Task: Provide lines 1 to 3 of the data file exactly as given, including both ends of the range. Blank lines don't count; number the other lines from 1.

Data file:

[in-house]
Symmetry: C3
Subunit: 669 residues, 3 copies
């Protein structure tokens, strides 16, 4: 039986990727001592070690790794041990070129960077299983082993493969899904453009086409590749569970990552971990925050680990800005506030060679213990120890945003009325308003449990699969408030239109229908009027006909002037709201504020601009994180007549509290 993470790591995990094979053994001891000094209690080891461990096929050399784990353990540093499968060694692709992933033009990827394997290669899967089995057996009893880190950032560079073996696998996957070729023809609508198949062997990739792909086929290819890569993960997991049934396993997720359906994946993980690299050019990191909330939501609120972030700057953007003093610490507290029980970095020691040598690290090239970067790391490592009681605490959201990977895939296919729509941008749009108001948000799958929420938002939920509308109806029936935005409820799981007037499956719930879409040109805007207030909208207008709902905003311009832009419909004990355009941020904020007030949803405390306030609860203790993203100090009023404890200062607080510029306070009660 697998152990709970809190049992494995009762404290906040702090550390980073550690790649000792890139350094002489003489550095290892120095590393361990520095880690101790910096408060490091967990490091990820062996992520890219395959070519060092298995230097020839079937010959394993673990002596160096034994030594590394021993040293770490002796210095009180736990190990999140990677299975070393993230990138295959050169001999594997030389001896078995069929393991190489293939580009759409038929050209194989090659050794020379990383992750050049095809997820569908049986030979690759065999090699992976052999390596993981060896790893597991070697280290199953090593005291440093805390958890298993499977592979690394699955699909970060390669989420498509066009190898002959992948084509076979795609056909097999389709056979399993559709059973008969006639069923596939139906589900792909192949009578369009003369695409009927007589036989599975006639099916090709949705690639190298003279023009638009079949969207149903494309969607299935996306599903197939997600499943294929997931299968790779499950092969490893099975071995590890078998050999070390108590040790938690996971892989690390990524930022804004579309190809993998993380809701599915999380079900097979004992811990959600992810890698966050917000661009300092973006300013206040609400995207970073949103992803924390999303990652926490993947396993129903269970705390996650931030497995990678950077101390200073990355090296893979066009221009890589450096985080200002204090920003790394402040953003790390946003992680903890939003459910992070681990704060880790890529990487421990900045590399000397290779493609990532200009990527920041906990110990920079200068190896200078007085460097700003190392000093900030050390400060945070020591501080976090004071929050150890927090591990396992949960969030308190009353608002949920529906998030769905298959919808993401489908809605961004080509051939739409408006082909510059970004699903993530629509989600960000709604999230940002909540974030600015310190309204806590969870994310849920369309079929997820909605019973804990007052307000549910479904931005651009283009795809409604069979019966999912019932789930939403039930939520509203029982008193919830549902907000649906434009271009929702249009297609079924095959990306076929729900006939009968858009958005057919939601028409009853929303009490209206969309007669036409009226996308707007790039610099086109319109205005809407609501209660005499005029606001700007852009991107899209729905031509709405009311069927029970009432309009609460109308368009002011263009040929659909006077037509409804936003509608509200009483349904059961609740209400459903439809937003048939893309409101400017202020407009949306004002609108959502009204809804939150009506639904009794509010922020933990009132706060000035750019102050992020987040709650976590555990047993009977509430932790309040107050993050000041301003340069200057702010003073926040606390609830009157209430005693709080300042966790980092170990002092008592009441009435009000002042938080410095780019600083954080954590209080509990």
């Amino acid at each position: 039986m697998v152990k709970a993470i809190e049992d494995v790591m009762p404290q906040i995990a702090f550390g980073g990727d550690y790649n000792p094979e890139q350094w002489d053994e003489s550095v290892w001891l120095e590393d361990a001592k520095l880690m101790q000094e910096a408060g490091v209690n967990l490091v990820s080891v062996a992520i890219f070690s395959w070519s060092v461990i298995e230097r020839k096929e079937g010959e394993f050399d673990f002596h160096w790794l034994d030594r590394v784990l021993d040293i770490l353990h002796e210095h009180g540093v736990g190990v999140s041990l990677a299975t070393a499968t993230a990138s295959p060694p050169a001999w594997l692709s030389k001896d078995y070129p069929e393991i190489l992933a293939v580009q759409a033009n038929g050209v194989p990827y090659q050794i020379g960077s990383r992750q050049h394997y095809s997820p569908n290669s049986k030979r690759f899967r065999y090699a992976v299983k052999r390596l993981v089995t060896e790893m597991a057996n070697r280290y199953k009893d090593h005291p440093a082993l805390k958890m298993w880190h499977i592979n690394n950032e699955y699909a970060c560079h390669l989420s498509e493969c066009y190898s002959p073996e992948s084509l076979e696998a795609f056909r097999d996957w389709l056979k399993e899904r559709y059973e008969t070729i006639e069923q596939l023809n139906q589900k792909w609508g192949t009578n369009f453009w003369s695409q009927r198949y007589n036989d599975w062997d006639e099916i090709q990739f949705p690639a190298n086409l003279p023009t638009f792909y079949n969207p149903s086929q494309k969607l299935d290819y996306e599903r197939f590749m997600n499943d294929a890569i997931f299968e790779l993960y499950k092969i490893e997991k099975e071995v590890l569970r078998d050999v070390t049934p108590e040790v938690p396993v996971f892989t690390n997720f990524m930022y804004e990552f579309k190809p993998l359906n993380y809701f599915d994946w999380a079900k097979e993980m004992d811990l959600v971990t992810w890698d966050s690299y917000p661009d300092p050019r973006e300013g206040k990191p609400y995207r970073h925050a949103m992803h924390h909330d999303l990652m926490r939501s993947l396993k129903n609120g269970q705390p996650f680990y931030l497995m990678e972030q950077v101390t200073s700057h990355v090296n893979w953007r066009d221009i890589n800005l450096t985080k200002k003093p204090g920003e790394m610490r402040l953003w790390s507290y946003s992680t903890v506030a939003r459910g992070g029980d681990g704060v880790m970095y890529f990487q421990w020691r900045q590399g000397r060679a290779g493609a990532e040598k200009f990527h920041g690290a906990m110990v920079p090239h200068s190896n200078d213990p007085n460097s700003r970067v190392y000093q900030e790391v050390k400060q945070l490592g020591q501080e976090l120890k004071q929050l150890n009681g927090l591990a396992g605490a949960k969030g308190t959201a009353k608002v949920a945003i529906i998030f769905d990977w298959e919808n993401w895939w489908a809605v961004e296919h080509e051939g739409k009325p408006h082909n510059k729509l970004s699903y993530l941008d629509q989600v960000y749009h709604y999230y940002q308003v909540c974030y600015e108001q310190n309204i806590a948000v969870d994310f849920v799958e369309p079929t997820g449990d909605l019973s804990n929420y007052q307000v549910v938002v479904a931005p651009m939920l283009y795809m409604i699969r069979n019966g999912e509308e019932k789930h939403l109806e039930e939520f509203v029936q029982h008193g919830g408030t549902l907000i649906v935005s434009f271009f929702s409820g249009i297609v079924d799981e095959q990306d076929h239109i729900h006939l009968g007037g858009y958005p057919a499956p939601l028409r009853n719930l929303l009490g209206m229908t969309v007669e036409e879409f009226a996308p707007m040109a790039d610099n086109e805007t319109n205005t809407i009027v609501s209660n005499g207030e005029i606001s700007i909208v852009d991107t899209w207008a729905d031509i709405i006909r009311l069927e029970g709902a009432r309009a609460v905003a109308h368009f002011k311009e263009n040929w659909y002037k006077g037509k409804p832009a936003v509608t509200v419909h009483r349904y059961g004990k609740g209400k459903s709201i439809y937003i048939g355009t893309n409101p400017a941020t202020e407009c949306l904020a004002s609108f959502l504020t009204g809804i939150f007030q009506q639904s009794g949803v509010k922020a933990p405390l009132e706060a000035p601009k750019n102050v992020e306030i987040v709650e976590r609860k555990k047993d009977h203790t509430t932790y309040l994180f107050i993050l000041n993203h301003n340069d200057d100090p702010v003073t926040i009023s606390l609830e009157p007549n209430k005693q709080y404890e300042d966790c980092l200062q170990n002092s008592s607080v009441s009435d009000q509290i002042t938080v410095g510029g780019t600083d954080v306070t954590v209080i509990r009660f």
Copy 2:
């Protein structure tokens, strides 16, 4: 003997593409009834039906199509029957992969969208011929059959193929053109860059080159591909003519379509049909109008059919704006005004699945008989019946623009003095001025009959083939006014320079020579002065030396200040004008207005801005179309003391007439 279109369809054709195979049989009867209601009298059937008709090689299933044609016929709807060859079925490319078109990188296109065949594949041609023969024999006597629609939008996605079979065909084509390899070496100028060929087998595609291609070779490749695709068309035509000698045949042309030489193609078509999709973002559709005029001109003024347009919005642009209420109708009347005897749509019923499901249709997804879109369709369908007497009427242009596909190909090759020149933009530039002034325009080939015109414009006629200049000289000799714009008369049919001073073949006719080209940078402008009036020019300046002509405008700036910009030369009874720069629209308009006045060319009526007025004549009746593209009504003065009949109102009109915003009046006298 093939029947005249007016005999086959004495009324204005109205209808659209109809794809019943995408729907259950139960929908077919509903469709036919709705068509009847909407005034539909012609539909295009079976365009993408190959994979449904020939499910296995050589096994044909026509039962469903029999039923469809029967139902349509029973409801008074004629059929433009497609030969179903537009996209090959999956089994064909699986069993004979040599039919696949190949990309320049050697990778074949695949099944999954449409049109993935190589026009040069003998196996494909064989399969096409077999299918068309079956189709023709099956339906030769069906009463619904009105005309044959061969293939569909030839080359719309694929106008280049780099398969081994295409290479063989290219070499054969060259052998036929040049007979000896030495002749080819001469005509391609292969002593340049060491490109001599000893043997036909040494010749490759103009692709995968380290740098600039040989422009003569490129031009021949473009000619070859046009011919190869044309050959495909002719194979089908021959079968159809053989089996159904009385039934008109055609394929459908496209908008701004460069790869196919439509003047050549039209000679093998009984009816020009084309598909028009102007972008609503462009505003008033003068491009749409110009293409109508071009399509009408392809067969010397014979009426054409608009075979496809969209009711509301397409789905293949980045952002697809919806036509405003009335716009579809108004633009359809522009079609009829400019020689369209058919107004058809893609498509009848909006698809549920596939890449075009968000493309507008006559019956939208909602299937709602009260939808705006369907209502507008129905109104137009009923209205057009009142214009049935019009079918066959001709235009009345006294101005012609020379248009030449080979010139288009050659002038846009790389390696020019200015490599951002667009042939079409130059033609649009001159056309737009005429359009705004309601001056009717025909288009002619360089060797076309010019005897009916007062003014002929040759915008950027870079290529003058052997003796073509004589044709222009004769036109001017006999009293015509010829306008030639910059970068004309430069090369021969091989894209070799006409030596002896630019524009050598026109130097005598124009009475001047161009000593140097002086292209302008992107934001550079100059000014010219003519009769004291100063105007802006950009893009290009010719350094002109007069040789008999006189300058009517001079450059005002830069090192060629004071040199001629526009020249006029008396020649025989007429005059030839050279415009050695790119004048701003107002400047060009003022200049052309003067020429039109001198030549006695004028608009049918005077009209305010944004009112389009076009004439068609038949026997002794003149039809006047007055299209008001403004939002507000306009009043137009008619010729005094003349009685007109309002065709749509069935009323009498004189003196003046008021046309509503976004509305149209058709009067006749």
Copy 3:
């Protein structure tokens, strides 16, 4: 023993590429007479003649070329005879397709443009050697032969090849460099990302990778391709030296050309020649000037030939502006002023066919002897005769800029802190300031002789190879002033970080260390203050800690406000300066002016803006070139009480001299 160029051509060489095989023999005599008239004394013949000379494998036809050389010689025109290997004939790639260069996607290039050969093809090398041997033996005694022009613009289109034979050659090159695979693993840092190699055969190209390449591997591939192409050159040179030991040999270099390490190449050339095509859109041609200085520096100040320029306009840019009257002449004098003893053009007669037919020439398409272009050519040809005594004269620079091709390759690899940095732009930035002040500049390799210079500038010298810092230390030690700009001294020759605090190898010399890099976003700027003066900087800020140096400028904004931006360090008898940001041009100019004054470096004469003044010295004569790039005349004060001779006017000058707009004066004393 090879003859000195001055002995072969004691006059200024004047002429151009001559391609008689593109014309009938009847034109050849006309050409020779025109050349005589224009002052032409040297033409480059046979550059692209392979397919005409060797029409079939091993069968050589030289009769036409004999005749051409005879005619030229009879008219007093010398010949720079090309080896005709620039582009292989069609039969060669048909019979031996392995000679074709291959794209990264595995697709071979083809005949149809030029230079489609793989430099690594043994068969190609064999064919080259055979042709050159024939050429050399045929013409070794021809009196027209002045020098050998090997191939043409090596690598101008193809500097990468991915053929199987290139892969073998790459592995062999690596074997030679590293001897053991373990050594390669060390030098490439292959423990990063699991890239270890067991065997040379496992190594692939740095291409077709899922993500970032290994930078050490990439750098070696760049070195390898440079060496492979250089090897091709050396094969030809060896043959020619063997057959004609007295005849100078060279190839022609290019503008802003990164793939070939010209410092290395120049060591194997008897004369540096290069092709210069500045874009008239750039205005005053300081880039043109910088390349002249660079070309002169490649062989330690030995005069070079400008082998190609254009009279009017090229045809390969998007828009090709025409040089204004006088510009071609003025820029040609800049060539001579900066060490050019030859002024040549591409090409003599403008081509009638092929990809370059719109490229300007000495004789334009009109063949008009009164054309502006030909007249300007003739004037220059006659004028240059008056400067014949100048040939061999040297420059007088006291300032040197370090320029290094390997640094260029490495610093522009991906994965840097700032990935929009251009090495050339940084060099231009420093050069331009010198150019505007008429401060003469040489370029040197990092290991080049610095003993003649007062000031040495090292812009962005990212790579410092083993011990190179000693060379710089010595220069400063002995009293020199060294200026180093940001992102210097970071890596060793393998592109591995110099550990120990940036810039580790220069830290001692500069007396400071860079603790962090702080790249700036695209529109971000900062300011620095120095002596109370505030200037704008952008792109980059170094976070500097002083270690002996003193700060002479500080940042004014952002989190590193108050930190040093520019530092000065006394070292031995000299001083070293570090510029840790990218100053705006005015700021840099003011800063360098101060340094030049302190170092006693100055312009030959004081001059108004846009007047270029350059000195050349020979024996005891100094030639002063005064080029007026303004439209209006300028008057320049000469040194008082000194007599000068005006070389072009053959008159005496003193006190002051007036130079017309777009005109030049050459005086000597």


[in-house]
Symmetry: C3
Subunit: 669 residues, 3 copies